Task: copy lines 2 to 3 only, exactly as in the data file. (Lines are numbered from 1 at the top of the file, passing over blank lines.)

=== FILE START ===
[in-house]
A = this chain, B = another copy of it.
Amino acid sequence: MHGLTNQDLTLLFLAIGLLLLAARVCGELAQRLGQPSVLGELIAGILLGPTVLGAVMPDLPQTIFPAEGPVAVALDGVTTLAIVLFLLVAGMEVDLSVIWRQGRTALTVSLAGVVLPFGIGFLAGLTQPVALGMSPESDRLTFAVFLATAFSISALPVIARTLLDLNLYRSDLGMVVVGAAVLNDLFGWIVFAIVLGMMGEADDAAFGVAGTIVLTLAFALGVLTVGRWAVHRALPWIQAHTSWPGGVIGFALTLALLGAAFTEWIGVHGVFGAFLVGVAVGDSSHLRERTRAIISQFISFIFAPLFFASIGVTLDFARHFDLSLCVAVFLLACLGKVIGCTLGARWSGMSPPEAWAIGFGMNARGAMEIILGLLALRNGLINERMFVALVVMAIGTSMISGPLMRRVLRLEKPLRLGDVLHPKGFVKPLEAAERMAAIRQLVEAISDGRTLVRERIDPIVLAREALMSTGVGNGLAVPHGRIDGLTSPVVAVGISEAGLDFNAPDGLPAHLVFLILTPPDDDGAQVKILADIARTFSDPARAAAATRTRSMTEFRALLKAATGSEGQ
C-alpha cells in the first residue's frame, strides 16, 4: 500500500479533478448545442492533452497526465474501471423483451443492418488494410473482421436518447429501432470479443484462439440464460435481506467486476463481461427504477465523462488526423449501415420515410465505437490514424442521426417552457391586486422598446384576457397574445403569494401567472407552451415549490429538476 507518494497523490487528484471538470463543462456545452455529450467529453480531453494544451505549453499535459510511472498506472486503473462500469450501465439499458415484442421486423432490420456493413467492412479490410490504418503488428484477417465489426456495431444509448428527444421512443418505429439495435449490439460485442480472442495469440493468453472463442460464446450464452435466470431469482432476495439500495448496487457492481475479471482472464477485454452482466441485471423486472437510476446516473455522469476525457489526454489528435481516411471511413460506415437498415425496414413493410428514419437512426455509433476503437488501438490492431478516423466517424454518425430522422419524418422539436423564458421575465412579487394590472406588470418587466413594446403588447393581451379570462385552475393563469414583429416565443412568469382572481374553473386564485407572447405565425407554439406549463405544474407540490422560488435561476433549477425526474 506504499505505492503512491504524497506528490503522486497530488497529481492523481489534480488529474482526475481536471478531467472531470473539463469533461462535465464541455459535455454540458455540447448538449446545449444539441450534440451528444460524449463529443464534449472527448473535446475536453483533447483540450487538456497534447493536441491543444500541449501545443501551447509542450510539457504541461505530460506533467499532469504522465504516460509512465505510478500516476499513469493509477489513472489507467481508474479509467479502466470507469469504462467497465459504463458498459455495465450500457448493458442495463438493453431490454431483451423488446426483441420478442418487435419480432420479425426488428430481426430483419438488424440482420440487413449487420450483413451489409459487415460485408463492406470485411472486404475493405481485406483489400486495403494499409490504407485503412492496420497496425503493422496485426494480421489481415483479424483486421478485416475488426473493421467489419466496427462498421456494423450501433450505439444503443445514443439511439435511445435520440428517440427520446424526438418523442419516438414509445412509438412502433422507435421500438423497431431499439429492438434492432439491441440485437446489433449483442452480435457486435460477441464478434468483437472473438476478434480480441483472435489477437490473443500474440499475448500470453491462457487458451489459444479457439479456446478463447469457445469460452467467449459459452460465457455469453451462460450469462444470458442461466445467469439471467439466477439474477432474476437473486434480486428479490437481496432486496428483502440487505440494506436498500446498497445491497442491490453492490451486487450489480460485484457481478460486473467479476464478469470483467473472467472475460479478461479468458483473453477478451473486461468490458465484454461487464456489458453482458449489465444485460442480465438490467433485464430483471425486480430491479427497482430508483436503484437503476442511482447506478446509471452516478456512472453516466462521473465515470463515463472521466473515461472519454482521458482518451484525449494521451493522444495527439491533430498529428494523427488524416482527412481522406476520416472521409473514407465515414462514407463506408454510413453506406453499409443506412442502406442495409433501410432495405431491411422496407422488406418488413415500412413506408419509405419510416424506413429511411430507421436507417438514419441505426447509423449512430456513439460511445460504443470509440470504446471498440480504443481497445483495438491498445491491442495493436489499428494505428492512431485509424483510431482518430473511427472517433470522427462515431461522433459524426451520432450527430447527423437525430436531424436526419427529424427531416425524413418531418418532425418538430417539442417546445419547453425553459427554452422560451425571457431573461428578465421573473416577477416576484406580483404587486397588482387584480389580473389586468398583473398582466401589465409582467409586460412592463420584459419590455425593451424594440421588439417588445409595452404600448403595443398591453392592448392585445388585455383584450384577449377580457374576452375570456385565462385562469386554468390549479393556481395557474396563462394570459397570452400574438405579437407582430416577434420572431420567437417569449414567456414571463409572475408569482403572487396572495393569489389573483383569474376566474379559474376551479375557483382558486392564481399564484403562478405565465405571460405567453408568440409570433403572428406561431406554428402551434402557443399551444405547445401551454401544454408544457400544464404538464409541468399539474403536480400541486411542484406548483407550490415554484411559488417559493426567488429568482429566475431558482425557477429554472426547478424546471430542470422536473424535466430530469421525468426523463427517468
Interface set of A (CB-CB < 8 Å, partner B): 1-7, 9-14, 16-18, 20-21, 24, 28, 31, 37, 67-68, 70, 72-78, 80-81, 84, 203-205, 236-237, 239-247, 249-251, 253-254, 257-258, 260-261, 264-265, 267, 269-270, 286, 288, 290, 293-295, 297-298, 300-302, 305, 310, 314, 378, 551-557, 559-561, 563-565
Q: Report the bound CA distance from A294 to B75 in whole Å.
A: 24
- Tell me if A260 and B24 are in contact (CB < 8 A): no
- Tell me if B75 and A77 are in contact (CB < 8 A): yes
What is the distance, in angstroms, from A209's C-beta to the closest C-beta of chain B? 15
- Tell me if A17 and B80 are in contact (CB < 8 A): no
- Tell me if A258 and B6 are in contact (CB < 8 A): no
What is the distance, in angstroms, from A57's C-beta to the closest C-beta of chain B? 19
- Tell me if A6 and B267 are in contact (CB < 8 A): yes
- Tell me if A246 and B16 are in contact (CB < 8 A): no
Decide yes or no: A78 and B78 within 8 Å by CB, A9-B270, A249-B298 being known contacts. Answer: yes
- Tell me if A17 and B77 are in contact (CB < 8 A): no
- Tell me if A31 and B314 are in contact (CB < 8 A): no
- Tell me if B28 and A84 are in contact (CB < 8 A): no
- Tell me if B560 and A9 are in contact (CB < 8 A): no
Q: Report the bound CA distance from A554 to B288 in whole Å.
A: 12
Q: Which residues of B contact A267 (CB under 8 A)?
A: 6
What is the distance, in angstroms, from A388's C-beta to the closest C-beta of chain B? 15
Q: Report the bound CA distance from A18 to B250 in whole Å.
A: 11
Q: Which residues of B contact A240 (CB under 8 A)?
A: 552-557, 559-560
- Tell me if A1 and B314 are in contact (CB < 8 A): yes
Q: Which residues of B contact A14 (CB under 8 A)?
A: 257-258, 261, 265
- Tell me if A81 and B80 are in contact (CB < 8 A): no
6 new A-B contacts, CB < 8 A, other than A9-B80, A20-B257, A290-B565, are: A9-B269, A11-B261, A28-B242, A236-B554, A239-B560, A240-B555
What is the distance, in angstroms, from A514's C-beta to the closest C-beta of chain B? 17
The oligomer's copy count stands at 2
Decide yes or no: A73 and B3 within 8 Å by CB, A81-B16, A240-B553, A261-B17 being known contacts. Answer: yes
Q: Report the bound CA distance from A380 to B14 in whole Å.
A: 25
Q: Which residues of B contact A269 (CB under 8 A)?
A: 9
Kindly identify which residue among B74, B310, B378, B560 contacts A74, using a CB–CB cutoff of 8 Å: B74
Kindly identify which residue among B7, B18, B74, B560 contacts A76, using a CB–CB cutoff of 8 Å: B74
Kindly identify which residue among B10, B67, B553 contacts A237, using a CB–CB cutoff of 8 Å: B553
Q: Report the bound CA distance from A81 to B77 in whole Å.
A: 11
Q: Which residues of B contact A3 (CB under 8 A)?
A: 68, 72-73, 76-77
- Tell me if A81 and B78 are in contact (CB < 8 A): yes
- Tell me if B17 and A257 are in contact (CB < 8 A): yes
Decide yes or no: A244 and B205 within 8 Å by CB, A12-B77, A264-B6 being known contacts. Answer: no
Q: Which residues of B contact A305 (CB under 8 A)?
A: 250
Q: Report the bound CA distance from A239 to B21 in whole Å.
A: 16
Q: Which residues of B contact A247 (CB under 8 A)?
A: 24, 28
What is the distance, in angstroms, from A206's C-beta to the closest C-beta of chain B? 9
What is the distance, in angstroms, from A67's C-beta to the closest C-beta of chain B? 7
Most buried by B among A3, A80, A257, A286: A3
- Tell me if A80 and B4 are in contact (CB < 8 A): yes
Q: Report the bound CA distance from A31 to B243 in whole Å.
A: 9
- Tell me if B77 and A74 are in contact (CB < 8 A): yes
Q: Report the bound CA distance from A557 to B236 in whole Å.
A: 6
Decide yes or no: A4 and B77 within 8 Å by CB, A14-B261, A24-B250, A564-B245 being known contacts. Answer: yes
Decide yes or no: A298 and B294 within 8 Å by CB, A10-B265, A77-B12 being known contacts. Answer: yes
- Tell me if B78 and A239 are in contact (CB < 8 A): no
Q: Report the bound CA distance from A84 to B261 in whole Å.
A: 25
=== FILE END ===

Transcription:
A = this chain, B = another copy of it.
Amino acid sequence: MHGLTNQDLTLLFLAIGLLLLAARVCGELAQRLGQPSVLGELIAGILLGPTVLGAVMPDLPQTIFPAEGPVAVALDGVTTLAIVLFLLVAGMEVDLSVIWRQGRTALTVSLAGVVLPFGIGFLAGLTQPVALGMSPESDRLTFAVFLATAFSISALPVIARTLLDLNLYRSDLGMVVVGAAVLNDLFGWIVFAIVLGMMGEADDAAFGVAGTIVLTLAFALGVLTVGRWAVHRALPWIQAHTSWPGGVIGFALTLALLGAAFTEWIGVHGVFGAFLVGVAVGDSSHLRERTRAIISQFISFIFAPLFFASIGVTLDFARHFDLSLCVAVFLLACLGKVIGCTLGARWSGMSPPEAWAIGFGMNARGAMEIILGLLALRNGLINERMFVALVVMAIGTSMISGPLMRRVLRLEKPLRLGDVLHPKGFVKPLEAAERMAAIRQLVEAISDGRTLVRERIDPIVLAREALMSTGVGNGLAVPHGRIDGLTSPVVAVGISEAGLDFNAPDGLPAHLVFLILTPPDDDGAQVKILADIARTFSDPARAAAATRTRSMTEFRALLKAATGSEGQ